And now for something completely different…
January 16, 2012 5:26 PM Subscribe
I did very well in my undergrad discipline, but want to pursue something entirely different. How best to make the move?
posted by anonymous to Education (8 answers total) 9 users marked this as a favorite
I graduated from a large public university last spring with a dual degree in economics and international relations. During my undergrad career, I studied abroad in a fascinating nonwestern country and learned its fascinating nonwestern language. I did very well (wrote an honors thesis, graduated summa cum laude, was named outstanding senior in my college), but I never worked very hard or felt challenged. School has always been easy, and I simply floated through another four years, buoyed by the sea of anonymous students at my big state school. Thanks to a generous scholarship, I graduated free of debt.
Studying economics left me deeply skeptical of the foundations of economic theory, human rationality and knowledge, and the value of abstract mathematical modeling. Attending college left me deeply skeptical of the incentives of universities and the efficacy of higher education. I may be biased, but I am extremely reluctant to take out debt to finance further education unless there is unambiguous future value.
Unfortunately, I need to learn more somehow. My lack of technical skills makes me feel immature and embarrased. My econ program was not mathematically rigorous and though I took a great econometrics course, my math education stopped at linear algebra. Math never came easy, but I suspect this was because I was never very disciplined about it. Similarly, I've recently picked up basic Python and Django programming, but feel limited by my quantitative weakness. When I speak with friends studying math and science, who have now moved on to masters and Phd programs, my degree feels a little bit like a fraud. Even worse, I feel like I couldn't hack the subjects they studied and settled for something easy.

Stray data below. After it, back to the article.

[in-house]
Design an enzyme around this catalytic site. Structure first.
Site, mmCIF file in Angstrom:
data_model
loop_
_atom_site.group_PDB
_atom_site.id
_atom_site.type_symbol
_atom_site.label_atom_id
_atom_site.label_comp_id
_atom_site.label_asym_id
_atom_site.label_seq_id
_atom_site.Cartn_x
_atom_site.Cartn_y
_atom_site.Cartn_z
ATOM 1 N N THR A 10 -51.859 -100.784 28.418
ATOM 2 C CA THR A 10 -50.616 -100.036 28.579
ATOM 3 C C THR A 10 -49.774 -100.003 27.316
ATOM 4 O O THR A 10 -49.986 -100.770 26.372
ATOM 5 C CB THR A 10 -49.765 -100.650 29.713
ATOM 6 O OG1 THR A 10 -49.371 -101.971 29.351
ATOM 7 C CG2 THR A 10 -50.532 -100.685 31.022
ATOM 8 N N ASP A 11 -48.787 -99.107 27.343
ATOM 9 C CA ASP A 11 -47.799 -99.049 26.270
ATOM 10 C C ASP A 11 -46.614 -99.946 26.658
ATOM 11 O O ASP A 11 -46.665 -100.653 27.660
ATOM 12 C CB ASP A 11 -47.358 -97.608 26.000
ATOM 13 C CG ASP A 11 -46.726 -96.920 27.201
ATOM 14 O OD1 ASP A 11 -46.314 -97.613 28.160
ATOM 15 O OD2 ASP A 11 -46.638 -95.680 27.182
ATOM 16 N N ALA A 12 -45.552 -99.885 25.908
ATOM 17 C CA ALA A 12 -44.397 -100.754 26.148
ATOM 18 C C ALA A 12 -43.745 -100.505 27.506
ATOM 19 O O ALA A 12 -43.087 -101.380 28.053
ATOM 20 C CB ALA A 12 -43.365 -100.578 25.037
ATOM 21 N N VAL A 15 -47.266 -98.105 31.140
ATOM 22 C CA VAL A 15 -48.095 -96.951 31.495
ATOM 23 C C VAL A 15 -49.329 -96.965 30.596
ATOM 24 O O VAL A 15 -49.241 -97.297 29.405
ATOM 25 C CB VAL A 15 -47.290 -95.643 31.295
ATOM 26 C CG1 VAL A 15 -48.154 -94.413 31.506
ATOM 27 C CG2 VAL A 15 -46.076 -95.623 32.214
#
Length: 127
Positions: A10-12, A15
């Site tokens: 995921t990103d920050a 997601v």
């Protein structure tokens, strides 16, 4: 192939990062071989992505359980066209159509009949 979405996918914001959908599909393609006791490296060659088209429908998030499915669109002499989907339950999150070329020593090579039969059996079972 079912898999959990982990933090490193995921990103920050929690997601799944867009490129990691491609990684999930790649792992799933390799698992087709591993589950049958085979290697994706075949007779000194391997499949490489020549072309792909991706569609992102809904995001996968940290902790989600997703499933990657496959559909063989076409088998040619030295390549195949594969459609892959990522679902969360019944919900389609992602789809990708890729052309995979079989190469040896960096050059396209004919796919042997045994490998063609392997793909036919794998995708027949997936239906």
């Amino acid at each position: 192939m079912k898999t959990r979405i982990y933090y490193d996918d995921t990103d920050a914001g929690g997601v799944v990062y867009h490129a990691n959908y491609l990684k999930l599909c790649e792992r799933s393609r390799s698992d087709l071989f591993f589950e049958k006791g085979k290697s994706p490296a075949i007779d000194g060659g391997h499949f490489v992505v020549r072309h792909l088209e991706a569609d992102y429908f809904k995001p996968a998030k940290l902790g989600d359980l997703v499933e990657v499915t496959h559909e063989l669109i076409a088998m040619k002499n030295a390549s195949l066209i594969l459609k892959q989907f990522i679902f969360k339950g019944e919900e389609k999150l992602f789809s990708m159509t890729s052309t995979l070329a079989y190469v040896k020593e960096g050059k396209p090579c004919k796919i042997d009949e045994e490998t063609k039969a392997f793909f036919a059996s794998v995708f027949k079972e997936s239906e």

I'm currently a Fulbright scholar in that fascinating nonwestern country, working on a political science project. It's interesting enough, but there seem to be diminishing returns to further specialization. As much as I enjoy it, I'm not sure I see myself studying this fascinating nonwestern country for the rest of my career.
In the last semester of my senior year, I took a great class that introduced me to a whole slew of wonderful ideas: cultural evolution, evolutionary game theory, complex systems, emergence. I am absolutely fascinated by evolution, especially as it applies to economics, philosophy, and the social sciences. But it seems too late to change my focus now.
As a good economist, I know not to be misled by the sunk cost fallacy. I shouldn't consider the time I've invested in past education when making decisions about the future. But I also know to consider path dependence: my future decisions are limited by the choices I've made in the past.
Studying computer science seems like an ideal sort-of-lateral move: a high-value subject where the quantitative stuff is focused on real problems. I feel flow when I'm programming in a way I don't anywhere else, and accomplishment when I build something that brings an idea of mine to life (even if my code sucks). Right now it's really hard—and I like that. It also seems applicable to many other disciplines, and evolutionary algorithms and computation seem cool. But I'm not sure how to make the move.
What else should I consider studying? Is further education even worth it, and is it possible to pay for it? (This seems to be the default setting for all my peers, but I can't shake the skepticism about cost outweighing benefits, and many of them are already >$100k in debt). How can I jump from one discipline to another in a higher education system shaped like a funnel? Will I even be a competitive applicant to quantitative disciplines? How can I fill in my deep deficiencies without another undergrad degree?
I have been very, very lucky, and I hope this question doesn't come off as haughty or entitled. Frankly, I don't think I've really deserved any of the accolades I've won, even though I've accomplished a lot on paper. Now I feel stuck, stupid, and unsure about what to do next. Your advice and insight will be appreciated. Anonymous because all young people are deeply paranoid about the future. Contact email: email@example.com